December 31, 2018

Favorite Books Read in 2018

Category: Literature :: Permalink

Here are some of the books I enjoyed most this year:

* Jane Austen, Sense and Sensibility. I sometimes baulk at reading a classic when there are so many other more immediately gripping books calling out to me. So I experimented this year with reading a few pages of a classic every day. This was the first classic I read that way.

* John Blackburn, The Gaunt Woman. A page-turner; very well done.

* John Buchan, The Thirty-Nine Steps and Greenmantle. I had the great pleasure this year of introducing my children to John Buchan’s works, reading these two aloud. Can’t wait to get on to Mr. Standfast in the new year.

*James Branch Cabell, The Line of Love: Dizain des Mariages. All the stories were good, even surprisingly good, but my favorite was probably “Love-Letters of Falstaff.”  Cabell does an amazingly good job of putting quasi-Shakespearean language in Falstaff’s mouth and the story might break your heart.

* G. K. Chesterton, Robert Browning. Excellent. Almost every page quotable.

* August Derleth, Restless Is the River. If Derleth is known for anything these days, it’s for publishing the works of H. P. Lovecraft. Derleth himself wrote popular fiction: mysteries, eerie stories, boys’ adventure novels — his Steve & Sim series are like the Hardy Boys with more three-dimensional characters and a strong sense of place. And sense of place was closest to Derleth’s heart, particularly the Sauk City, Wisconsin, area, which he loved (and which, in so many of his books, he called Sac Prairie). Restless Is the River follows the equally excellent Wind Over Wisconsin, both of them historical novels set in the days when Sauk City was only a twinkle in the eyes of its founders.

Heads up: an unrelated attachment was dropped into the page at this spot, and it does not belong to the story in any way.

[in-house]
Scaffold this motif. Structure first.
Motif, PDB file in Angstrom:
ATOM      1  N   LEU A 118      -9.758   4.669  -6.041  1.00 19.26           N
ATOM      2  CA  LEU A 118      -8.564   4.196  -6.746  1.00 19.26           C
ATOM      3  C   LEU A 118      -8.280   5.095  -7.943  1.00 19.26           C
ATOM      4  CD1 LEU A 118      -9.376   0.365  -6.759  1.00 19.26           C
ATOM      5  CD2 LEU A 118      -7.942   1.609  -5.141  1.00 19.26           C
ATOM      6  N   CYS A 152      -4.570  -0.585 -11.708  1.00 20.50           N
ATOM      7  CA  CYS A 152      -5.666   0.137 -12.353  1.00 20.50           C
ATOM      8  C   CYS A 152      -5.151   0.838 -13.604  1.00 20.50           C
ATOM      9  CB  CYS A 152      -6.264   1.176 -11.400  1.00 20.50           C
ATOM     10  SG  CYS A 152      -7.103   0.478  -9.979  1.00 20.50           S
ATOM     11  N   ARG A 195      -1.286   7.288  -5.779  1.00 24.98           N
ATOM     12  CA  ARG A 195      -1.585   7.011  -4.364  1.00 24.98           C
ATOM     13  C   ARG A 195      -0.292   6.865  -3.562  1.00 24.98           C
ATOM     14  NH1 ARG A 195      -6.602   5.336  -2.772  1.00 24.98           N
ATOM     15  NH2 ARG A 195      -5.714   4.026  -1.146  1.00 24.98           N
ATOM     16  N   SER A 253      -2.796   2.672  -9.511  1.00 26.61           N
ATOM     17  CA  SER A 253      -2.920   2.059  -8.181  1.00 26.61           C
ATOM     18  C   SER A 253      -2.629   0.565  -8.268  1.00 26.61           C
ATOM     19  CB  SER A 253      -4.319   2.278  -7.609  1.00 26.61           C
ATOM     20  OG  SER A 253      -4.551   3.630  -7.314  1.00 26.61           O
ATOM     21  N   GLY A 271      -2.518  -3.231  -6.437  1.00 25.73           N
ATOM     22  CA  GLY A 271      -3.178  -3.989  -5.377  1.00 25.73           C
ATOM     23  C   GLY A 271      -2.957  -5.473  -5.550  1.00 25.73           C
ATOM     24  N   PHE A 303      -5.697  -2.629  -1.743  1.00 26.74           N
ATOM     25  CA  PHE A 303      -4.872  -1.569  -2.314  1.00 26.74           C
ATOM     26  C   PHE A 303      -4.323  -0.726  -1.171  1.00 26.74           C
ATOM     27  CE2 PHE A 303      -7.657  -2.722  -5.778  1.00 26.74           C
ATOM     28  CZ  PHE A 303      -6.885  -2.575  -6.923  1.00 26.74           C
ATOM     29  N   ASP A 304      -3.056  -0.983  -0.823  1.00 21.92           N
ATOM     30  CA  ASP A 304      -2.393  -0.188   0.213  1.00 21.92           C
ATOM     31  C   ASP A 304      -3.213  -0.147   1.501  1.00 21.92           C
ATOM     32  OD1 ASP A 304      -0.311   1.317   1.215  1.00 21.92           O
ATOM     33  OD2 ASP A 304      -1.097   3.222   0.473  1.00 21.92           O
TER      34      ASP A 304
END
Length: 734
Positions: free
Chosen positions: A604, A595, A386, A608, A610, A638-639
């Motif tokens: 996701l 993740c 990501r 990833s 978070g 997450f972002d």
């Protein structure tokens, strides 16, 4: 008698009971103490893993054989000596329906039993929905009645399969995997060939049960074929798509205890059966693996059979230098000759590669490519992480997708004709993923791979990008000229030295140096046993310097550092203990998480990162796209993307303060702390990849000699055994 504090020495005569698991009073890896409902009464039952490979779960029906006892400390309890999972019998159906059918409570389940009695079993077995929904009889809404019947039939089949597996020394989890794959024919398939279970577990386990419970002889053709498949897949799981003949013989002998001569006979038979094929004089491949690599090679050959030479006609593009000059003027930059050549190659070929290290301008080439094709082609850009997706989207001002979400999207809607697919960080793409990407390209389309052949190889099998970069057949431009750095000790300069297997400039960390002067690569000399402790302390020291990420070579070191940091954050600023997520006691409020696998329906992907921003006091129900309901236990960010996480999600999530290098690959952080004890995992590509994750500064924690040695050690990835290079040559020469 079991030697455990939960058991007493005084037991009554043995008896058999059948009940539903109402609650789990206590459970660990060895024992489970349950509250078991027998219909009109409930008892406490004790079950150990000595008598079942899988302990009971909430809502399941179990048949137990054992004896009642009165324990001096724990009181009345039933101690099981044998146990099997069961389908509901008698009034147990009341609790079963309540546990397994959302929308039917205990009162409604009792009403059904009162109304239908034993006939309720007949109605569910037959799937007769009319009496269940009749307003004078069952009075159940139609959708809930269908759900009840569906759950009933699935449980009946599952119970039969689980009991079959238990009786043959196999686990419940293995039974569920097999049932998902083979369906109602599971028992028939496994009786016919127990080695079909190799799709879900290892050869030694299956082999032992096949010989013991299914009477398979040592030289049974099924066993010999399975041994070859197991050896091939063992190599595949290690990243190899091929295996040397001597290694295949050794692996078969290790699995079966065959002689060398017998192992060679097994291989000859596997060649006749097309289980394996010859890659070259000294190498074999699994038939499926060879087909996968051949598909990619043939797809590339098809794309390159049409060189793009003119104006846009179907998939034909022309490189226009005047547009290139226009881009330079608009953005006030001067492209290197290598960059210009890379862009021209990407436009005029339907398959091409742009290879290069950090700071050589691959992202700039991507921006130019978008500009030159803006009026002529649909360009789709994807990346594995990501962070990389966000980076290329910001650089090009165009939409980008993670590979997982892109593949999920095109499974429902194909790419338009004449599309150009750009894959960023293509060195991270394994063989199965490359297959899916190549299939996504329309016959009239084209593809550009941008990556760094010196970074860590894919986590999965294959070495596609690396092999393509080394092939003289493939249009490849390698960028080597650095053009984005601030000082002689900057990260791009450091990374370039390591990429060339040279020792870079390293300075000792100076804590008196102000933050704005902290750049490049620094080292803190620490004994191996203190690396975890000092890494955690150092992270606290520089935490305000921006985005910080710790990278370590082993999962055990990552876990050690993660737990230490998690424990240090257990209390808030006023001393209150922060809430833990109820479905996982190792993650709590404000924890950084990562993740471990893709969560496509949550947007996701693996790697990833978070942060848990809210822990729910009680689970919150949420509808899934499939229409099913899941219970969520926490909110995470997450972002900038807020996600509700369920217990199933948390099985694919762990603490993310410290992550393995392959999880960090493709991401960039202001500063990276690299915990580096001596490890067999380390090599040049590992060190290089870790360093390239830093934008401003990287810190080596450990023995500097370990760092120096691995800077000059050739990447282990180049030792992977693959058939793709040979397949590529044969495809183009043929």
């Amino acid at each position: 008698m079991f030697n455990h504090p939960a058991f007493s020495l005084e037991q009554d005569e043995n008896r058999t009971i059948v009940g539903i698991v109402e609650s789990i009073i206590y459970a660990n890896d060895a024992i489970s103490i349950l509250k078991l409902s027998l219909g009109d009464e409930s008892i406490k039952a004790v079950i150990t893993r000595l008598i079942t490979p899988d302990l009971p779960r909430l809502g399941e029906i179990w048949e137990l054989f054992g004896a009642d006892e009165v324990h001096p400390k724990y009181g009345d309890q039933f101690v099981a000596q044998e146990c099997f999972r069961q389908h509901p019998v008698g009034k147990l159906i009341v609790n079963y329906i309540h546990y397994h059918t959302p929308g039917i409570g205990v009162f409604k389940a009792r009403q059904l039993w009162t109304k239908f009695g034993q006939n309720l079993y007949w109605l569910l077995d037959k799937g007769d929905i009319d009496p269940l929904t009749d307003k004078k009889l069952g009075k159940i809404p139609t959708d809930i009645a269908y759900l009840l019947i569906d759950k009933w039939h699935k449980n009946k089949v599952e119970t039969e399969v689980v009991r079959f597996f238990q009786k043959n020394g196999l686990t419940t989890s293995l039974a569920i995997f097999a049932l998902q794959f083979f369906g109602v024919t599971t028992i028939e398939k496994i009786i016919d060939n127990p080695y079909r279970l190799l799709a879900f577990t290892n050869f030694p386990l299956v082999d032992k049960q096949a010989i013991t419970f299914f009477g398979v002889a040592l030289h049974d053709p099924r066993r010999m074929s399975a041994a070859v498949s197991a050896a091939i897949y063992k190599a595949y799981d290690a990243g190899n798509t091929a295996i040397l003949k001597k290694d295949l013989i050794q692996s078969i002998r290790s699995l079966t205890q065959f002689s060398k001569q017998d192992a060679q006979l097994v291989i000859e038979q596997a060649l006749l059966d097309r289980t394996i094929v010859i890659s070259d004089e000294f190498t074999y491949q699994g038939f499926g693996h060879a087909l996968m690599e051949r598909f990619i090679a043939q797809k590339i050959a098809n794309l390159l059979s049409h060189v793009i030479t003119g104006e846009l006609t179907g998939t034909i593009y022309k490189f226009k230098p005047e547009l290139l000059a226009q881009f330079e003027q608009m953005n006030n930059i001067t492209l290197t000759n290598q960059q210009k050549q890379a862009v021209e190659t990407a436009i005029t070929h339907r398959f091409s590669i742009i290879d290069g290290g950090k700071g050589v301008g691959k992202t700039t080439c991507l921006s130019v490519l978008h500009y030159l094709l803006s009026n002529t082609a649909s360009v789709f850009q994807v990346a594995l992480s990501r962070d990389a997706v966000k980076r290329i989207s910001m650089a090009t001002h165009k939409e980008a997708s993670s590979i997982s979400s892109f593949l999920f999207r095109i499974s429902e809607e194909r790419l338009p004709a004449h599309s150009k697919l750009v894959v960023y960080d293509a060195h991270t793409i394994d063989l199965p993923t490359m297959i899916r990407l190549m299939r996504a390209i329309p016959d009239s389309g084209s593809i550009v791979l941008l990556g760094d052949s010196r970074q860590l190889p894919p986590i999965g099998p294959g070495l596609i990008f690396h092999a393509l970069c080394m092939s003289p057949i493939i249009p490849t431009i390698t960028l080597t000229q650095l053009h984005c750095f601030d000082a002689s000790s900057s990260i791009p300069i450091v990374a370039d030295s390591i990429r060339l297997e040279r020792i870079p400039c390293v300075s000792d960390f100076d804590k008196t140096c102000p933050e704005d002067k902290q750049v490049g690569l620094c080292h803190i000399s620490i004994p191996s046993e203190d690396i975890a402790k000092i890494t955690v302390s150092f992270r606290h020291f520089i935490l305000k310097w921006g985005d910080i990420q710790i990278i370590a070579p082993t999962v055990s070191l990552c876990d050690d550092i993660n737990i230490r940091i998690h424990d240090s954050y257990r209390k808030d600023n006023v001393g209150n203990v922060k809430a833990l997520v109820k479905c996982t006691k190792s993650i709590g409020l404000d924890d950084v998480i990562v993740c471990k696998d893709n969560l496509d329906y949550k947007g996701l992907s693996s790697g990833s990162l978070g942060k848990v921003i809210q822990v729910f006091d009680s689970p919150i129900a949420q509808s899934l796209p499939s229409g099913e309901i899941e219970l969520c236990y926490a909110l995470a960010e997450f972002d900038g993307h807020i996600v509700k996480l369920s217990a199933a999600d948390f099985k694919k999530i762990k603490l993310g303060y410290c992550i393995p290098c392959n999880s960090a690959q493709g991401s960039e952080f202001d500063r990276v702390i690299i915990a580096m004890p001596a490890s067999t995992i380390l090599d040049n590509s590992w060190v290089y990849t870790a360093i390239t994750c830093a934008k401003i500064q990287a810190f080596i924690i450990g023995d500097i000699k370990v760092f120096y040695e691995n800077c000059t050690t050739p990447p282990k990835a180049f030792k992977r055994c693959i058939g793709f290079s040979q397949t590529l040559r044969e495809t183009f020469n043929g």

* Wesley Hill, Washed and Waiting: Reflections on Christian Faithfulness and Homosexuality. Very good, though I quibble with a few things here and there.

* Rosalie K. Fry, Secret of the Ron Mor Skerry. This is the novel behind John Sayles’ beautiful film, The Secret of Roan Inish. We had watched the movie as a family, but this year we read the novel aloud.

* Shirley Ann Grau, The Black Prince and Other Stories. Very good; the title story may be the weakest in the collection.

* David Hansen, Loving the Church You Lead: Pastoring with Acceptance and Grace. Some very good passages.

* Adolph L. Harstad, Joshua. In the Concordia Commentaries series. The best commentary I’ve read on Joshua.

* David Instone-Brewer, Divorce and Remarriage in the Bible: The Social and Literary Context. Best book I’ve read on the subject; extremely helpful, but flawed in some significant ways, chief among them this: I-B thinks “hardness of heart” means a refusal to repent, so that divorce is legitimate only in the case of the guilty party’s refusal to repent; if he repents, he is to be forgiven and then no divorce should take place.

* James B. Jordan, Slavery in Biblical Perspective.